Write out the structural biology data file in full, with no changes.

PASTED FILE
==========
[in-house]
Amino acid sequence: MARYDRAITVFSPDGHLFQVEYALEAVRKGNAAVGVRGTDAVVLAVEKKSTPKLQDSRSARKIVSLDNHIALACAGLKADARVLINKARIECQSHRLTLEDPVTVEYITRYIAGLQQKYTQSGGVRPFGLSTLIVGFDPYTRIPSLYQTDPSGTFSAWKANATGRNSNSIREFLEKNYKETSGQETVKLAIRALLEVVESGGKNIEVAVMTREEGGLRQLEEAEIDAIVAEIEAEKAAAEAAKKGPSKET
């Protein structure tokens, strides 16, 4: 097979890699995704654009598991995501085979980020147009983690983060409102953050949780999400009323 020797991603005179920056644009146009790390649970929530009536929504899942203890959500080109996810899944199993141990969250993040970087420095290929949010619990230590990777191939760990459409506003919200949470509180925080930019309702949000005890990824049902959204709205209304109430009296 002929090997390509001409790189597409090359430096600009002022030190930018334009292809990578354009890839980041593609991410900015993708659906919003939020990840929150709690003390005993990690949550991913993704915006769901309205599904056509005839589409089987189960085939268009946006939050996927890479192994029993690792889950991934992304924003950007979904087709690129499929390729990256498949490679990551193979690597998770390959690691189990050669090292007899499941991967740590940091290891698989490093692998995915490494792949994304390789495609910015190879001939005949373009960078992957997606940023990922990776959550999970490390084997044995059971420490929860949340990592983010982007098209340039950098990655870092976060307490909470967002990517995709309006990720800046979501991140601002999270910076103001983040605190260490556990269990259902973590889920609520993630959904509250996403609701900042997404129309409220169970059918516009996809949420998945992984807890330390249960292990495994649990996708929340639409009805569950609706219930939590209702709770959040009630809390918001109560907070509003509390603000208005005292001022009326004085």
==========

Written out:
[in-house]
Amino acid sequence: MARYDRAITVFSPDGHLFQVEYALEAVRKGNAAVGVRGTDAVVLAVEKKSTPKLQDSRSARKIVSLDNHIALACAGLKADARVLINKARIECQSHRLTLEDPVTVEYITRYIAGLQQKYTQSGGVRPFGLSTLIVGFDPYTRIPSLYQTDPSGTFSAWKANATGRNSNSIREFLEKNYKETSGQETVKLAIRALLEVVESGGKNIEVAVMTREEGGLRQLEEAEIDAIVAEIEAEKAAAEAAKKGPSKET
């Protein structure tokens, strides 16, 4: 097979890699995704654009598991995501085979980020147009983690983060409102953050949780999400009323 020797991603005179920056644009146009790390649970929530009536929504899942203890959500080109996810899944199993141990969250993040970087420095290929949010619990230590990777191939760990459409506003919200949470509180925080930019309702949000005890990824049902959204709205209304109430009296 002929090997390509001409790189597409090359430096600009002022030190930018334009292809990578354009890839980041593609991410900015993708659906919003939020990840929150709690003390005993990690949550991913993704915006769901309205599904056509005839589409089987189960085939268009946006939050996927890479192994029993690792889950991934992304924003950007979904087709690129499929390729990256498949490679990551193979690597998770390959690691189990050669090292007899499941991967740590940091290891698989490093692998995915490494792949994304390789495609910015190879001939005949373009960078992957997606940023990922990776959550999970490390084997044995059971420490929860949340990592983010982007098209340039950098990655870092976060307490909470967002990517995709309006990720800046979501991140601002999270910076103001983040605190260490556990269990259902973590889920609520993630959904509250996403609701900042997404129309409220169970059918516009996809949420998945992984807890330390249960292990495994649990996708929340639409009805569950609706219930939590209702709770959040009630809390918001109560907070509003509390603000208005005292001022009326004085």